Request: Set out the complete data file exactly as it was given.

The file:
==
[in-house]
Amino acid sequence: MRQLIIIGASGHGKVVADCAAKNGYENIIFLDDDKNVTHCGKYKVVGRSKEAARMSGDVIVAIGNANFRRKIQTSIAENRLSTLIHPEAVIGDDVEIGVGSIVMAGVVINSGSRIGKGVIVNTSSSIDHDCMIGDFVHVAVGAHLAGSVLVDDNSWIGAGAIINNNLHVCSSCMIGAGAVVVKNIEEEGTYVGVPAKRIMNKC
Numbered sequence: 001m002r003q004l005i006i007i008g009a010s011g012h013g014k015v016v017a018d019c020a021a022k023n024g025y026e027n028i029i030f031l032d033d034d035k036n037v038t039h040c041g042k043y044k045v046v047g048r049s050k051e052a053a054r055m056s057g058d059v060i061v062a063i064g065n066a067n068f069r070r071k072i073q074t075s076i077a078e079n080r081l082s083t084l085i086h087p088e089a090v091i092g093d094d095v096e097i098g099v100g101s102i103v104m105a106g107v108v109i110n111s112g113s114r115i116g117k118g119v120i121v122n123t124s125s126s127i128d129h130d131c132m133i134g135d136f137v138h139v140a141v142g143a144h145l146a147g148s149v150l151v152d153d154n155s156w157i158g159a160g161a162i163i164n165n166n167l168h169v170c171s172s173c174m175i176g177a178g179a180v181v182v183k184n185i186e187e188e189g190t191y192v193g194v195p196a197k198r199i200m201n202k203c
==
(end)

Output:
[in-house]
Amino acid sequence: MRQLIIIGASGHGKVVADCAAKNGYENIIFLDDDKNVTHCGKYKVVGRSKEAARMSGDVIVAIGNANFRRKIQTSIAENRLSTLIHPEAVIGDDVEIGVGSIVMAGVVINSGSRIGKGVIVNTSSSIDHDCMIGDFVHVAVGAHLAGSVLVDDNSWIGAGAIINNNLHVCSSCMIGAGAVVVKNIEEEGTYVGVPAKRIMNKC
Numbered sequence: 001m002r003q004l005i006i007i008g009a010s011g012h013g014k015v016v017a018d019c020a021a022k023n024g025y026e027n028i029i030f031l032d033d034d035k036n037v038t039h040c041g042k043y044k045v046v047g048r049s050k051e052a053a054r055m056s057g058d059v060i061v062a063i064g065n066a067n068f069r070r071k072i073q074t075s076i077a078e079n080r081l082s083t084l085i086h087p088e089a090v091i092g093d094d095v096e097i098g099v100g101s102i103v104m105a106g107v108v109i110n111s112g113s114r115i116g117k118g119v120i121v122n123t124s125s126s127i128d129h130d131c132m133i134g135d136f137v138h139v140a141v142g143a144h145l146a147g148s149v150l151v152d153d154n155s156w157i158g159a160g161a162i163i164n165n166n167l168h169v170c171s172s173c174m175i176g177a178g179a180v181v182v183k184n185i186e187e188e189g190t191y192v193g194v195p196a197k198r199i200m201n202k203c